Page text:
Winning With Eb Netr...
Any dog track program will tell you how greyhounds are graded. Except for the highest and lowest grades, they move up when they win a race and - at most tracks - move down when they fail to finish in the top three positions in three consecutive starts or fail to earn better than one third place finish in four consecutive starts.
The rules for J and M may differ somewhat and, of course, dogs who win in the top grade can't advance, but these are the basics of how dogs are graded. The reason they're graded is so that dogs with similar abilities will be running with each other, instead of with dogs who are much better or much worse at winning.
That is, unless they're in a "T" race. Many people don't realize that "T" races aren't special races in the way that Grade "S" or stakes races are. "T" races are set up by the racing secretary, which is interesting, I think. What's more interesting is that "T" races may include any grade of dog. Think about it.
Instead of being drawn by slips from a hat or cup, the entries are hand-picked. The racing secretary decides - for whatever reason - that there needs to be a race with "special" situations in it and picks the dogs to create that situation. Now, I'm not accusing anyone of anything and as we all know, no matter how people try to influence the dogs, they have a way of surprising, but this sure looks like a chance to make money to me.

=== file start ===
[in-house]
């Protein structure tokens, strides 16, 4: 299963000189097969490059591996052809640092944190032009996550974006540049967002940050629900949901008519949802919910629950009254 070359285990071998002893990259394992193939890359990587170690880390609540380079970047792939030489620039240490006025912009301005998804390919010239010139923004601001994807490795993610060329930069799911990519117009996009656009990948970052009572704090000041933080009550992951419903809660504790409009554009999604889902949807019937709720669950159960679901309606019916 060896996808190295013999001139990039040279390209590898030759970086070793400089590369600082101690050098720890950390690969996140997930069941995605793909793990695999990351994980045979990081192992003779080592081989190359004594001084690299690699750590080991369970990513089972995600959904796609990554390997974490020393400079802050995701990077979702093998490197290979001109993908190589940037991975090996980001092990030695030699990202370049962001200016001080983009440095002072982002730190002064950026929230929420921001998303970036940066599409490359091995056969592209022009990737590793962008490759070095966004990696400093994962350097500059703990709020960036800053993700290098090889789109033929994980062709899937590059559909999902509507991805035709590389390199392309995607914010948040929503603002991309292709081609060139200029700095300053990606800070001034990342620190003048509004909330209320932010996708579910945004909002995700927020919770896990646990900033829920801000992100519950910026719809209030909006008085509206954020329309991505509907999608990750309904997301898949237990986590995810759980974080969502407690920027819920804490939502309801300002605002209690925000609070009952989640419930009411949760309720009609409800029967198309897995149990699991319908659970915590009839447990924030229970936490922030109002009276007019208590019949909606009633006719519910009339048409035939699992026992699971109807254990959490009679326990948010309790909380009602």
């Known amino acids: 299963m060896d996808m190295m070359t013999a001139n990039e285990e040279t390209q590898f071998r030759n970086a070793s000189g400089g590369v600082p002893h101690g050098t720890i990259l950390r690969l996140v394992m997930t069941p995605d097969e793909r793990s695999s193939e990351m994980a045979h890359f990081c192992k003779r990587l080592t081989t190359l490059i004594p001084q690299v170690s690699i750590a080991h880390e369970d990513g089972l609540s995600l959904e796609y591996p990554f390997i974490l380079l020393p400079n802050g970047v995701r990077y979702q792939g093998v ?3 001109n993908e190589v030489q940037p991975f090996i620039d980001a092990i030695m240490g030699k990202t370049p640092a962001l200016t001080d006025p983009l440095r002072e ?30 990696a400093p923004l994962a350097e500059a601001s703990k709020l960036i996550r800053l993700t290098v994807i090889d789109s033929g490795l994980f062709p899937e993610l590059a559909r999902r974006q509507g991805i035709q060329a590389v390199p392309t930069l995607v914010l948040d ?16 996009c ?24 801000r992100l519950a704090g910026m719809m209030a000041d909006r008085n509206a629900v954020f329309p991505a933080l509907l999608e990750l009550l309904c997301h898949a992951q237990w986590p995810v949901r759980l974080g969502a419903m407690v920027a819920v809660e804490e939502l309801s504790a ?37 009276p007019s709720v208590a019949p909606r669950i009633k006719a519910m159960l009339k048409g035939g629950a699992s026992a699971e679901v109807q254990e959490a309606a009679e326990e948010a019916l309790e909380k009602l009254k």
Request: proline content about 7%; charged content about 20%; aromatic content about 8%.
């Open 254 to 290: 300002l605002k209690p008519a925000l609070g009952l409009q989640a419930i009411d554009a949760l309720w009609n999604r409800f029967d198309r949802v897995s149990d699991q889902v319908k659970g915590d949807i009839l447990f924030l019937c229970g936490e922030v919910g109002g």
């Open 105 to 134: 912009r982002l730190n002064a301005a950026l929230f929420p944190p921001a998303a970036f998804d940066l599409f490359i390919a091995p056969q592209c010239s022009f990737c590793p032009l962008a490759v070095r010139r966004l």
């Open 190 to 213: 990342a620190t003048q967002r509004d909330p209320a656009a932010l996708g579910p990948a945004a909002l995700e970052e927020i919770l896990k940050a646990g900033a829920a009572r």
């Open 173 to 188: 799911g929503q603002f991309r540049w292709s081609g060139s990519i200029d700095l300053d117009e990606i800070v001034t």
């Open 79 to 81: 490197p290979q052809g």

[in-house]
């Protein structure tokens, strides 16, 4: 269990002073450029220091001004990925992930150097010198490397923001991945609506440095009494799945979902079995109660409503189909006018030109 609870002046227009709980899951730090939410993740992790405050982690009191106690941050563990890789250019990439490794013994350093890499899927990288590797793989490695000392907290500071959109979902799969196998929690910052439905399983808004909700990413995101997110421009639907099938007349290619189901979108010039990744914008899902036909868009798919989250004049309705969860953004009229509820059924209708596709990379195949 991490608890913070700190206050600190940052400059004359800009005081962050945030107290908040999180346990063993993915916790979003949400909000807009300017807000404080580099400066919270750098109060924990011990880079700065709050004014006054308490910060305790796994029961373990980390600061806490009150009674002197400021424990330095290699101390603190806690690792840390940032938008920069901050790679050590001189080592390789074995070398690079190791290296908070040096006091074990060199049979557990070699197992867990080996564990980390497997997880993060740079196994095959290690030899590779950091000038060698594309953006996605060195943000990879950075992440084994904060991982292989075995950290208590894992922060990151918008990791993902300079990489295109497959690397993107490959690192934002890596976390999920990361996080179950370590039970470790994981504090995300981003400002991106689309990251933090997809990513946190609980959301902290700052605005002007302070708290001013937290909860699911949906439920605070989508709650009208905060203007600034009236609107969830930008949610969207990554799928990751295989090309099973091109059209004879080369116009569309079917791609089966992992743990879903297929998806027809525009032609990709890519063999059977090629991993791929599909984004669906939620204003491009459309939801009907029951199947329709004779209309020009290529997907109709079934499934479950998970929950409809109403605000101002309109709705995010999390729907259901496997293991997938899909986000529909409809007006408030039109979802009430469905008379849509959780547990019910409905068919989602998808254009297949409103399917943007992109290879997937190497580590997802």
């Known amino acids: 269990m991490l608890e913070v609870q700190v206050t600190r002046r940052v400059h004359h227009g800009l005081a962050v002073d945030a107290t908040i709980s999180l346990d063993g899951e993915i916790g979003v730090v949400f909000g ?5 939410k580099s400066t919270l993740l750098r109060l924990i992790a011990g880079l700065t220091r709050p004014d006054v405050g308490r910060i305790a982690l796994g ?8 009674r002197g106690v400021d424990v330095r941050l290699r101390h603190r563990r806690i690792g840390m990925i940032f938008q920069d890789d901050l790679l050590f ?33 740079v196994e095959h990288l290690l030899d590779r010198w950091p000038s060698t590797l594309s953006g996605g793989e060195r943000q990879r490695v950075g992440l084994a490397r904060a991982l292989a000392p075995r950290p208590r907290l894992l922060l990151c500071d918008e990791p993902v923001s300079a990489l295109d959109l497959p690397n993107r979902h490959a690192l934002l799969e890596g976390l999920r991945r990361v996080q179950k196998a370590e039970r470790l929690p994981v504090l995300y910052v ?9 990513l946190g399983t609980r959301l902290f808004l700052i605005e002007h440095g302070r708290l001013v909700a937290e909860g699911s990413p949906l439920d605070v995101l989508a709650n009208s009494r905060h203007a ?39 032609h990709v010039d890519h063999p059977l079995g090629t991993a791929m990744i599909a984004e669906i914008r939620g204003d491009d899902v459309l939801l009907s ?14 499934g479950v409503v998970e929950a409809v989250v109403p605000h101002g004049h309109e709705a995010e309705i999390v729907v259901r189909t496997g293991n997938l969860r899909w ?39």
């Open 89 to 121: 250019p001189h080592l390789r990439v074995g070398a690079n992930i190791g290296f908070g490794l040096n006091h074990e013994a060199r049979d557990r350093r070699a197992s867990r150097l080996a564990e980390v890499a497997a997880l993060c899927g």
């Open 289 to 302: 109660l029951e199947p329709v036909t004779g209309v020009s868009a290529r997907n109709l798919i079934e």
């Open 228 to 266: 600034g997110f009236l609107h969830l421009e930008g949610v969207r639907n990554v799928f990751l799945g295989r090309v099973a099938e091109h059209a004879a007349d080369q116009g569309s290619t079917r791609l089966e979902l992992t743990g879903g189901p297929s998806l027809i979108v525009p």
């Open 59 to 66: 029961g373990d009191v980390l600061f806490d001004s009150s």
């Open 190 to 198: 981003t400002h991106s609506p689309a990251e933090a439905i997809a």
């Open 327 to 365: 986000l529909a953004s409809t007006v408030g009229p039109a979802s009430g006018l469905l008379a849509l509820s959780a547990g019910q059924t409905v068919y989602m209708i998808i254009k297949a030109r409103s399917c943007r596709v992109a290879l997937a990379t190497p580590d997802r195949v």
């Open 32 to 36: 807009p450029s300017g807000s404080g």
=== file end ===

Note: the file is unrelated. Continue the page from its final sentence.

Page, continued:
Of course, you have to figure out who or why the race was set up for. Is there a good dog in it that hasn't been running well? Are there dogs from a kennel that isn't making enough money to survive? Is there a dog with early speed between two slower starting dogs? You really need to examine the race and the entries with a fine-tooth comb to try to break the code, so to speak.
Once in a while, you'll find a "T" race with a dog in it who is about to be graded off, but is in a favorable position in this "T" race. I've seen that happen more than once. I've also seen the dog still fail to come in, but I've also seen dogs surprise everyone and come in at long odds, beating dogs who looked much better but had difficult boxes or got bumped or blocked.
Sometimes, "T" races are just set up to let some dogs run that wouldn't have been on the cards - sort of an extra race to tune them up for some reason. Don't forget that the racing secretary and the dog people know things about their dogs that we don't know and may have reasons we don't know about for wanting dogs to race with certain other dogs.
One final note about "T" races. You can't lean as heavily on class as you do in normal races. Class can be very deceiving in "T" races and so can speed. My advice is to lean more heavily on the angle of style and pace. Try to figure out who's going to set the pace of the race and then figure out who's going to run where. That done, look for the dogs with the most advantageous start and clear running room. That's the way to win a "T" race.
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